The recent disclosure of intelligence indicating that Russia is perhaps developing a nuclear weapon to target satellites in space sent shock waves through Washington. While details remain scarce, the threat scenarios could be real causes for concern.

Possible developments believed to have alarmed U.S. officials include Russia launching a nuclear weapon from the ground into space, releasing a weapon into orbit from another satellite, or deploying a nuclear-powered electronic warfare satellite.

A wave of theories and conjectures began Feb. 14 following a cryptic social media post from Rep. Mike Turner, chair of the House Permanent Select Committee on Intelligence. He warned of a grave national security threat and urged the Biden administration to declassify and discuss the information publicly.

The following day, the White House only confirmed that it had seen intelligence about an anti-satellite threat and that it was not an operational system. But if deployed, the administration said, this weapon would contravene the 1967 Outer Space Treaty, which bans the placement of nuclear weapons into Earth’s orbit.

The treaty does not prohibit the use of nuclear-powered spacecraft, so the White House’s comments suggest the U.S. is worried about a nuclear weapon in orbit, said Laura Grego, research director at the Union of Concerned Scientists.

She noted that Russian capabilities to put a nuclear weapon in space to target satellites have been known since the 1960s, but such a threat has been held in check by global consensus and international law.

Some analysts believe Russia may be contemplating the nuclear option in response to the growing prominence of SpaceX’s Starlink system, which has provided vital communications assistance to Ukrainian defense forces.

A nuclear attack on satellites would cause significant radiation damage and degrade vast numbers of civilian and military satellites, making it a true weapon of mass destruction, said Charles Galbreath, military space analyst and senior fellow at the Mitchell Institute for Aerospace Studies.

“In lower orbit, you’re going to impact more capabilities, more systems with a single blast,” he said. “As you go further and further into higher orbits, the effects are going to become less significant as satellites are more dispersed and more hardened against radiation.”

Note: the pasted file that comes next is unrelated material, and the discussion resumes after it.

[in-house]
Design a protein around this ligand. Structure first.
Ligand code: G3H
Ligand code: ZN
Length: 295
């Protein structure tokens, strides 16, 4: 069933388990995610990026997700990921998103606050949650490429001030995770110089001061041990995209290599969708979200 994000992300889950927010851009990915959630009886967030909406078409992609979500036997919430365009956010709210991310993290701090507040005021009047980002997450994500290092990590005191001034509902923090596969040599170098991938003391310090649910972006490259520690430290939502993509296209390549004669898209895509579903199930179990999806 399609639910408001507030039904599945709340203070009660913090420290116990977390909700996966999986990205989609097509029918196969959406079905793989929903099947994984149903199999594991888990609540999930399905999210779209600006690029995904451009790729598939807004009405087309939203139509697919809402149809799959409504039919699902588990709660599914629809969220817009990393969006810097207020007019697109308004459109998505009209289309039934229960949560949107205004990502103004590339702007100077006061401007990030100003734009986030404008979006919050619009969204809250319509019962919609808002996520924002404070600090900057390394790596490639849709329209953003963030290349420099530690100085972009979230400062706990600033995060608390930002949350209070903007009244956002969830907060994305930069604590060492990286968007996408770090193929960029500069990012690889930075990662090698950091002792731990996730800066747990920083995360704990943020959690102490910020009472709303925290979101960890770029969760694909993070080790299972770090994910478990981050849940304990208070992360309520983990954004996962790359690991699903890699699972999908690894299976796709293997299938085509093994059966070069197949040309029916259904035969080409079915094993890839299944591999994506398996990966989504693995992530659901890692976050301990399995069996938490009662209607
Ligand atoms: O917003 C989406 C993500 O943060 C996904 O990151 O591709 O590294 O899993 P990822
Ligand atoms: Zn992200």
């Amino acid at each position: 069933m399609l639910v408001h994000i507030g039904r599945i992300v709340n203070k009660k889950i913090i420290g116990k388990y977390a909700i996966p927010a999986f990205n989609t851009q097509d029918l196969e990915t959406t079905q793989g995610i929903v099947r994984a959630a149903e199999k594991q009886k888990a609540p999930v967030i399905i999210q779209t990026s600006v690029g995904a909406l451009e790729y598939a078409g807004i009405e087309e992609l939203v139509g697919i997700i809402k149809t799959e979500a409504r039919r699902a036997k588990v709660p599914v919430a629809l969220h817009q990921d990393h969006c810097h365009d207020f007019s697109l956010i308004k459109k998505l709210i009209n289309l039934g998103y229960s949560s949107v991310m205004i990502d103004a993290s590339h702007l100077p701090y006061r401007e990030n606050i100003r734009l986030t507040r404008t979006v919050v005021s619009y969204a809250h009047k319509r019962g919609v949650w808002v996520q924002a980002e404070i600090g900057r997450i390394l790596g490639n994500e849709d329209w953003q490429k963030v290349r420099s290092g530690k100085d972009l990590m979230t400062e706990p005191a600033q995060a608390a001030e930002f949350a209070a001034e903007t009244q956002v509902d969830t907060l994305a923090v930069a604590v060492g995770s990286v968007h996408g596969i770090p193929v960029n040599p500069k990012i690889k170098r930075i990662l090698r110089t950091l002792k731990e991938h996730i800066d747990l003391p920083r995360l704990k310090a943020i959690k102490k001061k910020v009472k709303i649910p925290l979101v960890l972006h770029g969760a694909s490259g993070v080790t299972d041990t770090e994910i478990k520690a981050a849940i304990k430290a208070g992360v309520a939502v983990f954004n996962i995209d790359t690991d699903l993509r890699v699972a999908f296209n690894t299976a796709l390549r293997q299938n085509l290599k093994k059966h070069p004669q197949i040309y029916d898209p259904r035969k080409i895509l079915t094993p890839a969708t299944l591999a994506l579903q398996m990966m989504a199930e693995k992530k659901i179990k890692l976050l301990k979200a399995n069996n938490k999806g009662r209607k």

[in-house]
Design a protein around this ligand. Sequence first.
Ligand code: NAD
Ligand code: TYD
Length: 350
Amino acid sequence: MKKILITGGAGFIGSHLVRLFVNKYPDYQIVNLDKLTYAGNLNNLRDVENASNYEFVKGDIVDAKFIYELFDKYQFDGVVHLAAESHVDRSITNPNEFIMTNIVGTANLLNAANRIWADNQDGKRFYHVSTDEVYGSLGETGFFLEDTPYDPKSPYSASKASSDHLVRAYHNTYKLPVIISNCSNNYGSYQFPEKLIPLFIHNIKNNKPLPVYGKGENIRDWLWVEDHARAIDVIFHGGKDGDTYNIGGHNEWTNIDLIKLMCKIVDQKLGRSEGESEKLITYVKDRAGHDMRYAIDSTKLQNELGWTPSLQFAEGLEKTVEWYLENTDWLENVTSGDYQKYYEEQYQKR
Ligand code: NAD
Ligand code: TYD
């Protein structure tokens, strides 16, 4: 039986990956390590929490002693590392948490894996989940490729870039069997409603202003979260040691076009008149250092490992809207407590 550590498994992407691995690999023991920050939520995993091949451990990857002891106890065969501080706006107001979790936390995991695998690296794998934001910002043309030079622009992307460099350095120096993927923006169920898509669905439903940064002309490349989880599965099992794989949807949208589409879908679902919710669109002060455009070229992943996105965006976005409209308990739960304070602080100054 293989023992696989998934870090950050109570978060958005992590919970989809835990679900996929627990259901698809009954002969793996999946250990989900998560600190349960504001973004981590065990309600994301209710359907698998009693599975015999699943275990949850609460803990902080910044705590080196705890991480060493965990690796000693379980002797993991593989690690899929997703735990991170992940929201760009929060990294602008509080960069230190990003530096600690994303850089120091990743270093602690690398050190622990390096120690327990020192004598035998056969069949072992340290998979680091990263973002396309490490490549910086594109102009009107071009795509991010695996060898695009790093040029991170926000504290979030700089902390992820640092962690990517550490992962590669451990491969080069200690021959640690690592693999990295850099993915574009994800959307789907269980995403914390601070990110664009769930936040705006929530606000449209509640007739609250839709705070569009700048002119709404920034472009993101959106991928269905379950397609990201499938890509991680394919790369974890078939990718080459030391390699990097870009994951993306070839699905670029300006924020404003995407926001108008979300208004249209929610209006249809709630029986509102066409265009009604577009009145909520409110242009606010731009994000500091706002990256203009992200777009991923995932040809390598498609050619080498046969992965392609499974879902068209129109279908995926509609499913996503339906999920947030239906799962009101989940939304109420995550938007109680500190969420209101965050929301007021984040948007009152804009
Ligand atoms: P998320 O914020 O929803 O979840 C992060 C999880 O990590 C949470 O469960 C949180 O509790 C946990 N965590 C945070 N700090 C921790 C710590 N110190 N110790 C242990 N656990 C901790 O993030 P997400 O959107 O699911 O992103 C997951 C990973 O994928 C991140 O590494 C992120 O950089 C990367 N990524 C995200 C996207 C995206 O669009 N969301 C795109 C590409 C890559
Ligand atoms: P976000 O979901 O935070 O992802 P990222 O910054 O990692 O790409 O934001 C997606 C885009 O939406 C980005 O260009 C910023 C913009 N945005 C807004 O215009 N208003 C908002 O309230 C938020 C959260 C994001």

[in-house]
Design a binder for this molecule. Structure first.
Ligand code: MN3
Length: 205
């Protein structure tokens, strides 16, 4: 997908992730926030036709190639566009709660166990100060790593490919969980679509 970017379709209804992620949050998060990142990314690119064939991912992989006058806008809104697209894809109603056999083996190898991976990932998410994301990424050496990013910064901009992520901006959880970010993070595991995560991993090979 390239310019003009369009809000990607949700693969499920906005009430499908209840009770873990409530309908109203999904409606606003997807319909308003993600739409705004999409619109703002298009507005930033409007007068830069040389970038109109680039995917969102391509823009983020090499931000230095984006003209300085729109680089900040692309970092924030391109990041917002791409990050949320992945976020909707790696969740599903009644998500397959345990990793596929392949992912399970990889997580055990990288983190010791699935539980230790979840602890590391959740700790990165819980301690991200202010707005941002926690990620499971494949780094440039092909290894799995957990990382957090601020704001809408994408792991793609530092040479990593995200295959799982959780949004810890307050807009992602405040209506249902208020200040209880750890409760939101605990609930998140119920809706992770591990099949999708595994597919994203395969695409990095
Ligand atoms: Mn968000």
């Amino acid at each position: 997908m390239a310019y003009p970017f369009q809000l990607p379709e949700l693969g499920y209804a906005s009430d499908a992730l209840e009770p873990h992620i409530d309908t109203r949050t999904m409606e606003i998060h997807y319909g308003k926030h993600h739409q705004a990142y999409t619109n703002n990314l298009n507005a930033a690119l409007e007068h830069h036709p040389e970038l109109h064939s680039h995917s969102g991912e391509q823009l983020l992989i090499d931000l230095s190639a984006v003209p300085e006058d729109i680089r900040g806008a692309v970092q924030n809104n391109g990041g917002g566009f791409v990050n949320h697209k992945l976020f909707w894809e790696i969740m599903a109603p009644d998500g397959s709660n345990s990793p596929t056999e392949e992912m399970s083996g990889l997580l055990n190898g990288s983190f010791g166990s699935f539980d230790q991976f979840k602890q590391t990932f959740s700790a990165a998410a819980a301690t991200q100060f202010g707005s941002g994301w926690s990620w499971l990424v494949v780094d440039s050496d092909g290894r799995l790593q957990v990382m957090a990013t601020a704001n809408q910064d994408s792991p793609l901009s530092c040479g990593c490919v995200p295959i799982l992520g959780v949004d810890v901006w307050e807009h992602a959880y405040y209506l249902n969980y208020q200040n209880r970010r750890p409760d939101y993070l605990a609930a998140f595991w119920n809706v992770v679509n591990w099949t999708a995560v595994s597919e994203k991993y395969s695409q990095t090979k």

It’s hard to fathom why Russia would stage such an attack, which would harm its own assets in space and those of its strategic partner, China. It would also endanger humans living in LEO at the International Space Station and China’s Tiangong space station, Galbreath pointed out. An electromagnetic pulse (EMP) attack would impair their life support systems, as well as critical communications and navigation systems.

But another way to look at this is through the lens of a declining space power striving to remain relevant, Galbreath said. “We can’t underestimate how devastating it is for [Vladimir] Putin personally to see the use of Starlink by the Ukrainians to great effect to coordinate and communicate … And he might be thinking of ways to counter that.”

Russia also likely feels left behind in the race to leverage low Earth orbit for defense and commercial advantage, he noted. While U.S. companies continue to grow their presence in LEO, the U.S. Space Force’s Space Development Agency (SDA) is moving forward with plans for its own vast data transport and missile tracking satellite network. China also aims to deploy two massive LEO broadband constellations in the coming years.

“That may drive Russia to try to go after a whole bunch of satellites in one fell swoop,” said Galbreath.

SDA director Derek Tournear on Feb. 27 said the agency would not be deterred from pursuing its LEO satellite infrastructure regardless of Russia’s nuclear posturing.

Speaking at the Defense and Intelligence Space Conference in Reston, Virginia, Tournear said a widespread EMP attack in space would be a rare “black swan” event rather than an everyday threat scenario. Instead, the Space Force’s new satellite architectures are designed to be resilient against more likely dangers like cyber intrusions or compromised supply chains.

The prevailing view among experts is that the United States should work closely with allies to firmly dissuade Russia from even contemplating such a reckless and destabilizing attack that would indiscriminately cripple critical satellites from all spacefaring nations.

This article first appeared in the “On National Security” commentary feature in the March 2024 issue of SpaceNews magazine.

Sandra Erwin writes about military space programs, policy, technology and the industry that supports this sector. She has covered the military, the Pentagon, Congress and the defense industry for nearly two decades as editor of NDIA’s National Defense...